Age-related macular degeneration is the leading cause of blindness in the developed world. Scientists are estimating that by 2020 there will be about 200 million people worldwide with the condition. Its numbers are increasing due to the population ageing, but scientists at the University of Birmingham are one step closer to developing an eye drop that could change everything.
Age-related macular degeneration (AMD) is currently treated by injections of sight-saving drugs into the eye, which, as you might imagine, is traumatic, painful and extremely uncomfortable. However, drug delivery through simple eye drops has never been possible. But now scientists are inching towards delivering the same drugs from these injections via drops – testing with rats already showed that the therapeutic effect is similar between both methods of delivery. Eyes of rats, of course, are different from humans, which means that animal testing is not over – now scientists want to test their method with larger eyes of rabbits and pigs. Even though we have to wait for the results of these tests, so far the research is showing that it is possible to deliver the medicine using this method to the retina of the larger mammalian eye.
Retina, of course, is the back of the eye, which is why it cannot be reached without injections. Scientists are relying on a cell-penetrating peptide, which can non-invasively penetrate through to the retina and deliver the drugs. The system is working as intended and, if everything goes according to plan, it would be a much more comfortable solution than eyeball injections. Now scientists are waiting for some confirmation of the technique through the animal testing and then, probably around the spring 2019, clinical trials can begin. Scientists say that this method is going to transform the treatment of the AMD.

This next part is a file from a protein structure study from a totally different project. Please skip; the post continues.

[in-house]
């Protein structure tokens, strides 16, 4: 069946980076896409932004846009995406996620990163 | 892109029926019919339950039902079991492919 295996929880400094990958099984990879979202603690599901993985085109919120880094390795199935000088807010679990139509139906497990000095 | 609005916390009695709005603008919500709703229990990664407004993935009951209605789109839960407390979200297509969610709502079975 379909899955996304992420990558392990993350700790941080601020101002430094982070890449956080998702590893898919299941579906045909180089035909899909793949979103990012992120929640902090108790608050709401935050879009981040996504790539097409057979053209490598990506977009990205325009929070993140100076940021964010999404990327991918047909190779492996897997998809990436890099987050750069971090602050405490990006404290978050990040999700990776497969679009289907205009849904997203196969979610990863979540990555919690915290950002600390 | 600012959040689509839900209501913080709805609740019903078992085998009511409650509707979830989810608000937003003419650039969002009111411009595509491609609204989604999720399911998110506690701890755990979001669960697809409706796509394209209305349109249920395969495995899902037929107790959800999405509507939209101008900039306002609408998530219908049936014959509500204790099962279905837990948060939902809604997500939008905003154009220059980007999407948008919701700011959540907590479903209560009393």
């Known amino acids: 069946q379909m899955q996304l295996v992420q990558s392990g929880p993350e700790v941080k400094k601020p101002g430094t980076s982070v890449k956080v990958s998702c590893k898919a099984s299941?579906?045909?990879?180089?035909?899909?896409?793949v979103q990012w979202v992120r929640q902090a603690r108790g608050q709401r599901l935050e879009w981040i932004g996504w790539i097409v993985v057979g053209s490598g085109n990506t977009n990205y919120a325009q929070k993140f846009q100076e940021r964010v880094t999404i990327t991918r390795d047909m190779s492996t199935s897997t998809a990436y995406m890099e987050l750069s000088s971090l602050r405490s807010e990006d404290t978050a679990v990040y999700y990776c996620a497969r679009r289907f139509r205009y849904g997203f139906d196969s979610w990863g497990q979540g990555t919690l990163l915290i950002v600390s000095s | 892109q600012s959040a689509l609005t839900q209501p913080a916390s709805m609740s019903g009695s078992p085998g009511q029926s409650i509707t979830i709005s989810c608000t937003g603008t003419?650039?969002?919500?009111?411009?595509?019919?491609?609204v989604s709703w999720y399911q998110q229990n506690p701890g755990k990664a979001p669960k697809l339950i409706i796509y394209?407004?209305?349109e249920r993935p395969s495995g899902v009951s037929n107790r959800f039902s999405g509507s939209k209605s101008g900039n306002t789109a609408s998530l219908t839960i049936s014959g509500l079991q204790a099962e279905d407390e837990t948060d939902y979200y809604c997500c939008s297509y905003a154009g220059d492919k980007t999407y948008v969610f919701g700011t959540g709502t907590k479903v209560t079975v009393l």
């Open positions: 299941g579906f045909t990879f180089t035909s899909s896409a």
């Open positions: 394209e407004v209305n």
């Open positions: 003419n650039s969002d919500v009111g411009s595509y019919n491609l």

People with AMD would be very happy if the eye drops get approved. Firstly, they could administer drugs by themselves at the comfort of their home. Secondly, they would be saving time and money without the need of regular hospital visits. Finally, they would be avoiding potential complications from the injections. And on top of that the healthcare system would be saving money as well. Dr Felicity de Cogan, leader of the study, said: “They will be transformative for patients who currently have to organise their lives around monthly clinic visits for uncomfortable intraocular injections, who will in the future have the convenience of self-administering their medical treatment”.
Can you imagine getting injections to your eyeballs every month and still going blind at the same time? It is truly horrible. Hopefully in the course of a couple of years this practice can be replaced with simple eye drops.
Source: University of Birmingham